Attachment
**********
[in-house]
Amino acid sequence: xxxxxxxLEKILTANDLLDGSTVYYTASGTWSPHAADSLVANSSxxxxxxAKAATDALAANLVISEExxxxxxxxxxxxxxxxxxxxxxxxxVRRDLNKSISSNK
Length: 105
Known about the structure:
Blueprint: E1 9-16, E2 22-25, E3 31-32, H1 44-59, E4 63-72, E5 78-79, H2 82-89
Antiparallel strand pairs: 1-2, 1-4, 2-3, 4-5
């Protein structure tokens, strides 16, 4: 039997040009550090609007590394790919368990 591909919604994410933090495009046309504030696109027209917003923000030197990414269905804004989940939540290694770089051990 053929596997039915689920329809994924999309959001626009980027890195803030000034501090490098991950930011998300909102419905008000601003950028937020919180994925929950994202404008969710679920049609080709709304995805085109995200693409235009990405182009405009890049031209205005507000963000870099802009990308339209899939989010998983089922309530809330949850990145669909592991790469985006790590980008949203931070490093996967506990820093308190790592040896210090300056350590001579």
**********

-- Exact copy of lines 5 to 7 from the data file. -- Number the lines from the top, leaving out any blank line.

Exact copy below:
Blueprint: E1 9-16, E2 22-25, E3 31-32, H1 44-59, E4 63-72, E5 78-79, H2 82-89
Antiparallel strand pairs: 1-2, 1-4, 2-3, 4-5
């Protein structure tokens, strides 16, 4: 039997040009550090609007590394790919368990 591909919604994410933090495009046309504030696109027209917003923000030197990414269905804004989940939540290694770089051990 053929596997039915689920329809994924999309959001626009980027890195803030000034501090490098991950930011998300909102419905008000601003950028937020919180994925929950994202404008969710679920049609080709709304995805085109995200693409235009990405182009405009890049031209205005507000963000870099802009990308339209899939989010998983089922309530809330949850990145669909592991790469985006790590980008949203931070490093996967506990820093308190790592040896210090300056350590001579």